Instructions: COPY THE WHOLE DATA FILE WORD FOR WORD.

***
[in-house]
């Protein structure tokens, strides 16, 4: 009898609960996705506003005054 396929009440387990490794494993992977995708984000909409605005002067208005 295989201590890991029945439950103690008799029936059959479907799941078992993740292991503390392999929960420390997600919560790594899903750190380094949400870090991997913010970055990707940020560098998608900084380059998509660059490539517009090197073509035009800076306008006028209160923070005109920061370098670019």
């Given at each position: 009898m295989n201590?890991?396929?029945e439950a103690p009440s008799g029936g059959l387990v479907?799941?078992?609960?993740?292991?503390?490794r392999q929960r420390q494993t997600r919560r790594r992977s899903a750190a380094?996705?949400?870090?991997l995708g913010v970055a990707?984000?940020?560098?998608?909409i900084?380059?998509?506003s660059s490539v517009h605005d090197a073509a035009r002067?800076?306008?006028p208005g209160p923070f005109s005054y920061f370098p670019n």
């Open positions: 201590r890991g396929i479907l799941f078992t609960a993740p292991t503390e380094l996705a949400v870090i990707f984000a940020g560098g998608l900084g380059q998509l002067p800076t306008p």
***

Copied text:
[in-house]
């Protein structure tokens, strides 16, 4: 009898609960996705506003005054 396929009440387990490794494993992977995708984000909409605005002067208005 295989201590890991029945439950103690008799029936059959479907799941078992993740292991503390392999929960420390997600919560790594899903750190380094949400870090991997913010970055990707940020560098998608900084380059998509660059490539517009090197073509035009800076306008006028209160923070005109920061370098670019």
């Given at each position: 009898m295989n201590?890991?396929?029945e439950a103690p009440s008799g029936g059959l387990v479907?799941?078992?609960?993740?292991?503390?490794r392999q929960r420390q494993t997600r919560r790594r992977s899903a750190a380094?996705?949400?870090?991997l995708g913010v970055a990707?984000?940020?560098?998608?909409i900084?380059?998509?506003s660059s490539v517009h605005d090197a073509a035009r002067?800076?306008?006028p208005g209160p923070f005109s005054y920061f370098p670019n």
């Open positions: 201590r890991g396929i479907l799941f078992t609960a993740p292991t503390e380094l996705a949400v870090i990707f984000a940020g560098g998608l900084g380059q998509l002067p800076t306008p």